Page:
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Now that it is a really special comet, and every one is talking about it, why doesn't it get a name, instead of just a number?

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  • $\begingroup$ Would this possibly be a better fit over on our brother stack-exchange site astronomy.stackexchange.com ? $\endgroup$ – Everyone Aug 10 '14 at 16:38
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    $\begingroup$ I didn't know the other existed, but this question was clearly triggered by recent events in space exploration, and the sense of it is more exploration than astronomy: I wasn't so interested in what the astronomers call it, as to what the explorers might call it now that it has public attention due to the exploration (rather than the astronomy). $\endgroup$ – GreenAsJade Aug 11 '14 at 2:17
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In fact there is a better name for 67P, which is 67P/Churyumov–Gerasimenko. It was named after the two people who helped discover it in 1969.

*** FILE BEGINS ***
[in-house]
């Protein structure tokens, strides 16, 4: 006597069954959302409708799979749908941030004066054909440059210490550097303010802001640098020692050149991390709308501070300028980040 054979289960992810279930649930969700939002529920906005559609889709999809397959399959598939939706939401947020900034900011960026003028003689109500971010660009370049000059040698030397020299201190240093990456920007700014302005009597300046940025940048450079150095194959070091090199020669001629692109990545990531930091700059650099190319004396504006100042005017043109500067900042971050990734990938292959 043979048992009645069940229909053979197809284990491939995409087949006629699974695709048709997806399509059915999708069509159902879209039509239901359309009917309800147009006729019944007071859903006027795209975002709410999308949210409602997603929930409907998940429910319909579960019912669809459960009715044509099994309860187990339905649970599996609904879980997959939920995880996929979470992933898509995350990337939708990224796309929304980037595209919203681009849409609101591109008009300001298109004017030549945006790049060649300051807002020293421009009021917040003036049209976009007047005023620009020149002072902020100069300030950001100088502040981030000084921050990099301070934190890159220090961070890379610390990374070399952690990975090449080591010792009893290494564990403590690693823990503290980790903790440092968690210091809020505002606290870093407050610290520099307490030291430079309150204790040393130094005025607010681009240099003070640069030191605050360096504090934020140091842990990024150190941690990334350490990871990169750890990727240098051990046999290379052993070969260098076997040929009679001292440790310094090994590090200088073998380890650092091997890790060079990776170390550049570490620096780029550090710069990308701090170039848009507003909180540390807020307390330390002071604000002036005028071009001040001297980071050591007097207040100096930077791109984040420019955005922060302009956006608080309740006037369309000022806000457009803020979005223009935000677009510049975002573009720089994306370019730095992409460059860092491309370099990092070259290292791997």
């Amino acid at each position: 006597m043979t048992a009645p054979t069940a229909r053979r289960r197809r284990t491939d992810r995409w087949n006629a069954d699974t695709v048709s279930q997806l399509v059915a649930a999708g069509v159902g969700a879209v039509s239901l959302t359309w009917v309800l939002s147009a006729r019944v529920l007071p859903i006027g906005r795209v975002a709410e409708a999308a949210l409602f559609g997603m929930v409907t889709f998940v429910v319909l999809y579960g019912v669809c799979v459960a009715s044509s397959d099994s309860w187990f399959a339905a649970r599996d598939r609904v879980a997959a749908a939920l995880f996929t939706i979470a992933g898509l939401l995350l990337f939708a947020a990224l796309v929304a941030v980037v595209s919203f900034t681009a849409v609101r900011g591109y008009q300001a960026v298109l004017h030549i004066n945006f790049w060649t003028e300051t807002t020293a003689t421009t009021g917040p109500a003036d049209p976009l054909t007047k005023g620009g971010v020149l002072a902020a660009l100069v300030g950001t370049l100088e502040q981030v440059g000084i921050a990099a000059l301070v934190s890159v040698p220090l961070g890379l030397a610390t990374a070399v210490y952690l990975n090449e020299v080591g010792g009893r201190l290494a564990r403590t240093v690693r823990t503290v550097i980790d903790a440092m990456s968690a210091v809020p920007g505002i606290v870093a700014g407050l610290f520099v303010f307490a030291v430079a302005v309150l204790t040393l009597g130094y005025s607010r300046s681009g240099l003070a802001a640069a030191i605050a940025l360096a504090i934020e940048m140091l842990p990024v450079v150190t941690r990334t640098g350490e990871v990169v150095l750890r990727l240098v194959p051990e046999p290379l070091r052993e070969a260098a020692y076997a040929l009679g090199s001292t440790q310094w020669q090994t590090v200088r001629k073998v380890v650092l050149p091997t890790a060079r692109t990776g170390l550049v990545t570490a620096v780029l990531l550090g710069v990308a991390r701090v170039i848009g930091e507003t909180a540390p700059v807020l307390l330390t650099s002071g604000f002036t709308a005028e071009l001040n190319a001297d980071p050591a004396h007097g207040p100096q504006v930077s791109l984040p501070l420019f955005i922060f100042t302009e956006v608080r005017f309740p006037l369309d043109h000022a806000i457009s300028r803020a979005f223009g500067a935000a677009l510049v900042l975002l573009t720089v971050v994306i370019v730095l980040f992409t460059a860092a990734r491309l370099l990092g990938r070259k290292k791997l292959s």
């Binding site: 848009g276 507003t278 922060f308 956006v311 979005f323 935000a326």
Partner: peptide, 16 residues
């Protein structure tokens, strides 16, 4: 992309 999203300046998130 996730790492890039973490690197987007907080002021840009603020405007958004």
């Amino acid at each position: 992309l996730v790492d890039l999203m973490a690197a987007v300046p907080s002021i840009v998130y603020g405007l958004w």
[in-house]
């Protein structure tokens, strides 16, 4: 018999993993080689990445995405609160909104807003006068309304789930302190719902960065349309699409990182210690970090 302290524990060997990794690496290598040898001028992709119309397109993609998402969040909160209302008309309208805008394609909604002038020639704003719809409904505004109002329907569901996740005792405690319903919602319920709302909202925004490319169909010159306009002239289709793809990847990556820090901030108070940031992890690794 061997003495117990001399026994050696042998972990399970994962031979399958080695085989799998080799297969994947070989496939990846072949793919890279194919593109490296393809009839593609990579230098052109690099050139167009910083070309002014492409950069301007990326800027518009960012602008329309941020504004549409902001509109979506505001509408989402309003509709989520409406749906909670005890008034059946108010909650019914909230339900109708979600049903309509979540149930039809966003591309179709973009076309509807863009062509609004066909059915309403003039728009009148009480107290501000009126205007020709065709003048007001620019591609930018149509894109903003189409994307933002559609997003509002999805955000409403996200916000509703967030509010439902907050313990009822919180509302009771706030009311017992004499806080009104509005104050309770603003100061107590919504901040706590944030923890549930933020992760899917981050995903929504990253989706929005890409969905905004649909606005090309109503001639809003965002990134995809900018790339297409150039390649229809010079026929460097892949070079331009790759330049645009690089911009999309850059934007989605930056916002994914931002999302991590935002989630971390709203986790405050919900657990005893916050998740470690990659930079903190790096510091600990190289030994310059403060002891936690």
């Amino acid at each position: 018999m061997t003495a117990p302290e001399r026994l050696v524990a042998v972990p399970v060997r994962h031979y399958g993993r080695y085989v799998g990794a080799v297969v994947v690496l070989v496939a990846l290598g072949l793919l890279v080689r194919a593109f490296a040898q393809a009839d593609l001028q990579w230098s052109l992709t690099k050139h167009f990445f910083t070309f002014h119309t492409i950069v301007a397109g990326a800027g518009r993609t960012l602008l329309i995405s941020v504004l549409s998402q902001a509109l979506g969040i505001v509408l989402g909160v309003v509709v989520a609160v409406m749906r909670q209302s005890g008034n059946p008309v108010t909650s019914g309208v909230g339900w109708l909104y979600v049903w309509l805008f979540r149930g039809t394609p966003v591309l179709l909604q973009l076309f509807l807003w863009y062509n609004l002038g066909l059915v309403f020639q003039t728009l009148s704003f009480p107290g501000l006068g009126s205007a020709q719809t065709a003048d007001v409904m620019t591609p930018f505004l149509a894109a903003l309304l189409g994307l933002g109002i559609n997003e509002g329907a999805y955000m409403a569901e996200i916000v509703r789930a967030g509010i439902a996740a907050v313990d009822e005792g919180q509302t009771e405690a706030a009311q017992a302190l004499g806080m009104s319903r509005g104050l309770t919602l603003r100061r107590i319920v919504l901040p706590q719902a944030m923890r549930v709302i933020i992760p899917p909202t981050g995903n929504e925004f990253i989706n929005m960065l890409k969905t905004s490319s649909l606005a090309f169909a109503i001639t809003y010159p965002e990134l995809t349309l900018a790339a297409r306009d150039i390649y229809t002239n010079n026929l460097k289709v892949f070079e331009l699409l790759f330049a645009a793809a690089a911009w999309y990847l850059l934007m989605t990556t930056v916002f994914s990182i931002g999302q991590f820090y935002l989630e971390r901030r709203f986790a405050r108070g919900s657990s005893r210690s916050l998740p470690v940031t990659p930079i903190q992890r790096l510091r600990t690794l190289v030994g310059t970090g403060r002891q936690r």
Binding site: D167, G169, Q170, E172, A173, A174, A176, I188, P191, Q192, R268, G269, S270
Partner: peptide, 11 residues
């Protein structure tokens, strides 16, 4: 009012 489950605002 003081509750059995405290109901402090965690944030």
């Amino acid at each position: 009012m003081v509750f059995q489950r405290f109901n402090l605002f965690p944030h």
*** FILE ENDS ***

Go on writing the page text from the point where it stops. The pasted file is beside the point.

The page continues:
Churyumov identified 67P while studying photographs of Comet 32P/Comas Solá, taken by Gerasimenko.

FYI, the official comet naming convention can be found at the IAU website. They give the comet the name based on the information they have on the discoverers. Wikipedia also has great information on naming comets.

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  • $\begingroup$ Heh - that's good to know. I guess there's no mechansim for it to get a "popular" name? $\endgroup$ – GreenAsJade Aug 7 '14 at 10:58
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    $\begingroup$ Wikipedia says it was discovered in 1969. 67 means it was the 67th comet discovered (or at least listed according to some system) out of over 5000 today. $\endgroup$ – LocalFluff Aug 7 '14 at 11:20
  • $\begingroup$ @GreenAsJade I would say that the "popularity" of the name is directly relate to the pronouncability of it by the population that you are considering; compare it with Halley, Hale-Bopp or Shoemaker-Levy: still the names of the people discovering/studying them, but popular because can be rembered by the average english-speaking/western person. $\endgroup$ – Federico Aug 7 '14 at 11:37
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    $\begingroup$ @GreenAsJade: You can always just say "Chury" just like everybody else.. :) $\endgroup$ – SAnderka Aug 7 '14 at 11:59
  • $\begingroup$ @LocalFluff: Reading Wikipedia,the 67 means that it was the 67th comet which had two observed perihelion passes. I believe the P stands for periodic. But I've made the appropriate changes, thanks for the correction. $\endgroup$ – PearsonArtPhoto Aug 7 '14 at 12:44

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